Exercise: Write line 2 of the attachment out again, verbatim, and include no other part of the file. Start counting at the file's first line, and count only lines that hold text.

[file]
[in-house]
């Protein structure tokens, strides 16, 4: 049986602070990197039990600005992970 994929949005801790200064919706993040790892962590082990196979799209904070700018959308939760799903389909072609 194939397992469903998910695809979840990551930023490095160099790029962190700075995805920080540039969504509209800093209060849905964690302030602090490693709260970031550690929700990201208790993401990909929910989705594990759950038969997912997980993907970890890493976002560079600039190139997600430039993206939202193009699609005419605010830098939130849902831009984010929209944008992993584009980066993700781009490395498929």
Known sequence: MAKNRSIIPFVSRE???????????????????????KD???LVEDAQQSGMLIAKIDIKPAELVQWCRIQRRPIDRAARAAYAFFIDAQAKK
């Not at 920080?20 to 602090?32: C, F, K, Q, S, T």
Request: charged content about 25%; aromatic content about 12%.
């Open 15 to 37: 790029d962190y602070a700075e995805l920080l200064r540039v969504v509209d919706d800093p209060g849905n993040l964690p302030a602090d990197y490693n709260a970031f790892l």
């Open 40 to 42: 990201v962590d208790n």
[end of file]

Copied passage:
């Protein structure tokens, strides 16, 4: 049986602070990197039990600005992970 994929949005801790200064919706993040790892962590082990196979799209904070700018959308939760799903389909072609 194939397992469903998910695809979840990551930023490095160099790029962190700075995805920080540039969504509209800093209060849905964690302030602090490693709260970031550690929700990201208790993401990909929910989705594990759950038969997912997980993907970890890493976002560079600039190139997600430039993206939202193009699609005419605010830098939130849902831009984010929209944008992993584009980066993700781009490395498929």